Total American household net worth fell by $4 trillion at the end of 2018, sparking fears that the economy may be headed to a downturn.
Data from the Federal Reserve in its quarterly Flow of Funds report showed the decline. The drop was “the single largest quarterly dollar drop on record,” according to a blog post on the data by The Big Picture‘s Barry Ritholtz.
“As a comparison, the U.S. bear market losses from 2007-2009 = $11 trillion dollars,” wrote Ritholz.
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Reuters reported Thursday that Fed officials fear the decline could lead to a drop in consumer spending and a corresponding contraction of economic growth for the U.S.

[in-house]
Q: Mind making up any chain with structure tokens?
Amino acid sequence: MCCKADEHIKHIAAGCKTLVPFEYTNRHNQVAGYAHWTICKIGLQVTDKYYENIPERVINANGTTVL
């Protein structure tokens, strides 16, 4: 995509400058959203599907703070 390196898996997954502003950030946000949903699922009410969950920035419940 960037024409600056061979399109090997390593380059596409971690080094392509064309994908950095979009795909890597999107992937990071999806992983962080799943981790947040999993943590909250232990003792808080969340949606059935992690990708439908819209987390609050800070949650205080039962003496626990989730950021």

Dips in retail spending at the end of 2018, the report said, added to the fear.
Not everyone assumes the worst, however.
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According to CNN, the pinch will be felt disproportionately by the wealthy—leaving most households clear of the impact.
U.S. News and World Report‘s Andrew Soergel, in an analysis, said that despite the loss of $4 trillion, that decline was based in “a woeful Wall Street run to close out 2018,” and that the economy was more likely to continue to grow than not.
Soergel also pointed to consumer confidence and credit debt as indicators of a growing economy: “credit increases are generally associated with a relatively optimistic consumer whose spending contributes to economic growth.”
Total consumer credit debt, however, indicates there may be more trouble ahead, especially since it just hit a familiar amount: $4 trillion.
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